Electronically Controlled Quiet Engine Cooling Fan
OE Rear Drum Brakes with Applied Control Arms
SE Michigan - Twixt A2 and Detroit
Re: [GMCnet] 2 interesting topics. Warming up your engine before leaving the drive. Piston travel. [message #326966 is a reply to message #326856] Sun, 10 December 2017 07:01 Go to previous messageGo to next message
Chris Tyler is currently offline  Chris Tyler   United States
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Observations about wear from compression ratio and stroke:

If static compression were an issue, diesel engines wouldnt last very long.

I don't know that the marginal increase in stroke itself [ie piston travel]is a significant factor in ring wear. What I have observed though is that longer stroke engines, particularly with shorter or less than optimim rod length:stroke ratio seem to have much worse bore wear, probably from the side load. The bores almost always seem to be out of round

May be less of an issue with lower RPM/load and higher nickel blocks.


76 Glenbrook
Re: [GMCnet] 2 interesting topics. Warming up your engine before leaving the drive. Piston travel. [message #326969 is a reply to message #326856] Sun, 10 December 2017 09:21 Go to previous messageGo to next message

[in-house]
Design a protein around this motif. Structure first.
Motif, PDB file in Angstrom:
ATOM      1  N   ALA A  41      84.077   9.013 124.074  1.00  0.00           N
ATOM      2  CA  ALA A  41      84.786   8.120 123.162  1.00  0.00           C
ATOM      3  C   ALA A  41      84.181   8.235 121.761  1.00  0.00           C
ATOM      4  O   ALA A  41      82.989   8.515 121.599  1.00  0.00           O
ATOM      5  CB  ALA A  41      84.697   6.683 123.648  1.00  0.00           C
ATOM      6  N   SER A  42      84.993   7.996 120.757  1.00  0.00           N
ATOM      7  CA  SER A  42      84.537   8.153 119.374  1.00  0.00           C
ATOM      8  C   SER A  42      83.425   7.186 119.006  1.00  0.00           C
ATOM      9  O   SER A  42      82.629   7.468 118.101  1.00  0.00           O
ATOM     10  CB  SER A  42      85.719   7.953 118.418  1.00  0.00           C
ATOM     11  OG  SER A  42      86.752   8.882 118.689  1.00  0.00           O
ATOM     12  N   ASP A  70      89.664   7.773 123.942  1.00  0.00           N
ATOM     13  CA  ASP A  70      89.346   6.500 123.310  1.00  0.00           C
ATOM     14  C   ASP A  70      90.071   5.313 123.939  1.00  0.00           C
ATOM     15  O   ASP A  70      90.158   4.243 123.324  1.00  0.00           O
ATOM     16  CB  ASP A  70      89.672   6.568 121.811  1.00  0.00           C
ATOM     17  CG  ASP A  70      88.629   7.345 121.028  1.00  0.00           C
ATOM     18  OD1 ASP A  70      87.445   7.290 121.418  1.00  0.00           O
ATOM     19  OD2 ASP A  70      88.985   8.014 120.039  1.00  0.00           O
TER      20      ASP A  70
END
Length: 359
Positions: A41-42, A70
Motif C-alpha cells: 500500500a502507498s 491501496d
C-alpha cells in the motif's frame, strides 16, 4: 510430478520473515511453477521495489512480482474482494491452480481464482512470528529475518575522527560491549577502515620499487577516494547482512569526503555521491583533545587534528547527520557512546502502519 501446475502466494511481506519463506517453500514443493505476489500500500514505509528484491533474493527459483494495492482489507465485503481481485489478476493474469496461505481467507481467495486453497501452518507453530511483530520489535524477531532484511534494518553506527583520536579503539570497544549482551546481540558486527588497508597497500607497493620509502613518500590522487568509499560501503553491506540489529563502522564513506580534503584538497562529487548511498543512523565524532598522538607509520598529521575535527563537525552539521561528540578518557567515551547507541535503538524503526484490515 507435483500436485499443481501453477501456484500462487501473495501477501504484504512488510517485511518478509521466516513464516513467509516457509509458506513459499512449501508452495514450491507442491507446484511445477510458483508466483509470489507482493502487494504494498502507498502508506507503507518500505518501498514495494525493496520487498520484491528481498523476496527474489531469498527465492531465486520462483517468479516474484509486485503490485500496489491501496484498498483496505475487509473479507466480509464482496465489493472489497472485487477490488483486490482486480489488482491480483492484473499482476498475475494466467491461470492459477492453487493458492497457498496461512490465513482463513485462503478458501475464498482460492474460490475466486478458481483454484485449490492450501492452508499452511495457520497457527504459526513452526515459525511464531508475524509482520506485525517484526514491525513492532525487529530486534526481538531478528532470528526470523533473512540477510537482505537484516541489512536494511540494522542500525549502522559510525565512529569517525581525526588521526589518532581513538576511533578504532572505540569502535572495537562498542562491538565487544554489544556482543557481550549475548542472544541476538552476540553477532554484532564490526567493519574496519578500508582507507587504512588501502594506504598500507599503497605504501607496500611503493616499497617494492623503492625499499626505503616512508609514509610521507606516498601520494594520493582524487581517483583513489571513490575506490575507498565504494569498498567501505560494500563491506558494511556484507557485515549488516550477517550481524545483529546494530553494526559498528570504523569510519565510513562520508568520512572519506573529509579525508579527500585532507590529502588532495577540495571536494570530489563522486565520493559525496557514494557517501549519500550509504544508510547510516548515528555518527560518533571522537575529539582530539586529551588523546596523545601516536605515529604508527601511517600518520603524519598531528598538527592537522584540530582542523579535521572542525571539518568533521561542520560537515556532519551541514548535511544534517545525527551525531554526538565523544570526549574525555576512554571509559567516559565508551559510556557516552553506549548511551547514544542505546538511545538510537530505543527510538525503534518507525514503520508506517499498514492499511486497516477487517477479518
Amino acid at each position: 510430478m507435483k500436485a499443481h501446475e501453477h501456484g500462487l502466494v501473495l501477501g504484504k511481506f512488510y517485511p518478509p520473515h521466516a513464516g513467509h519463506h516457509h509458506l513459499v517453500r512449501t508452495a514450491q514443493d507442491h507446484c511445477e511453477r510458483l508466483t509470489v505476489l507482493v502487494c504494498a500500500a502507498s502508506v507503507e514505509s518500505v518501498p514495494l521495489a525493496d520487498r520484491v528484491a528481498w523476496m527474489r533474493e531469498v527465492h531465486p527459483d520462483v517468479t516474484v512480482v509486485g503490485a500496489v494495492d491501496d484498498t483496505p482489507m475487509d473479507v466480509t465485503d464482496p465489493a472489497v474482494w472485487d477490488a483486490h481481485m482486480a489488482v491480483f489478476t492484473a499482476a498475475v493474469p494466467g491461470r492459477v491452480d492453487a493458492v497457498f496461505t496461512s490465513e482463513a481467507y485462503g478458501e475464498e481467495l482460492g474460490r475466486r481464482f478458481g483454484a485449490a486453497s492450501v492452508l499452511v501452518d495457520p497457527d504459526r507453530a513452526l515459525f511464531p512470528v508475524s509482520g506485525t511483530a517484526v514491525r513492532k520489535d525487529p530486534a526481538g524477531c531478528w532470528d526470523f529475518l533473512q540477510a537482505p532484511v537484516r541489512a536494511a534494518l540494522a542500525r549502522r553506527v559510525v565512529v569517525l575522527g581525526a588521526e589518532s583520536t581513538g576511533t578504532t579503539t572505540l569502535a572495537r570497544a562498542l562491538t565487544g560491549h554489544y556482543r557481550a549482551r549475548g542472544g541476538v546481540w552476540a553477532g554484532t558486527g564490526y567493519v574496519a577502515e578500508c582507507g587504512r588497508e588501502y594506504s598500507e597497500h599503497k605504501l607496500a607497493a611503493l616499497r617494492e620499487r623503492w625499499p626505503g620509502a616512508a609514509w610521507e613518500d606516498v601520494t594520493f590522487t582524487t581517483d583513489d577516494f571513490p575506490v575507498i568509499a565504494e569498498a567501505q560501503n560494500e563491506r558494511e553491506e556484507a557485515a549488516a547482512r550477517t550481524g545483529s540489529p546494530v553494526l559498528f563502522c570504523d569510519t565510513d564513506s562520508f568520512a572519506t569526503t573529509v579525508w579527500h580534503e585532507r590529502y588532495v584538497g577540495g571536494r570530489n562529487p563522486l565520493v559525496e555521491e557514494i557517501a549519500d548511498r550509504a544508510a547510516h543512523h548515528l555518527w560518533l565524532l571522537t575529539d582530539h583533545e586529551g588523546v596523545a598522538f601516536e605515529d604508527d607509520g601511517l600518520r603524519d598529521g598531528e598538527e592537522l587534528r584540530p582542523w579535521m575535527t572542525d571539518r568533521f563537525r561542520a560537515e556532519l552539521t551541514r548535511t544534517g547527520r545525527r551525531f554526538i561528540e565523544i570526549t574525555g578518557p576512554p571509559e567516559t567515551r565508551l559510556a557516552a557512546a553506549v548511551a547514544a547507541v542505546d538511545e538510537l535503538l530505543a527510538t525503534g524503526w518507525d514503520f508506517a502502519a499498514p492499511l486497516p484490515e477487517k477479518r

JohnL455 is currently offline  JohnL455   United States
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Water. Water is the issue during a long cold and lazy warm up. More than a gallon is produced for each gallon of fuel burn. Thankfully most exits via exhaust but the rest ends up in the oil until it boils off. After about 60 Secs (and bags have reached auto level) I drive off gently to minimize idling. Then drive normally but not aggressively til normal temp. On a sliding scale I would adjust times with temp drop. Might be 2 mins below zero and driving more gently at first as well. But road load is your friend in the anti watering war. Also the dash heat will work much sooner and forward progress beats 0 MPG any day.

John Lebetski
Woodstock, IL
77 Eleganza II
Re: [GMCnet] 2 interesting topics. Warming up your engine before leaving the drive. Piston travel. [message #326970 is a reply to message #326969] Sun, 10 December 2017 10:04 Go to previous messageGo to next message
James Hupy is currently offline  James Hupy   United States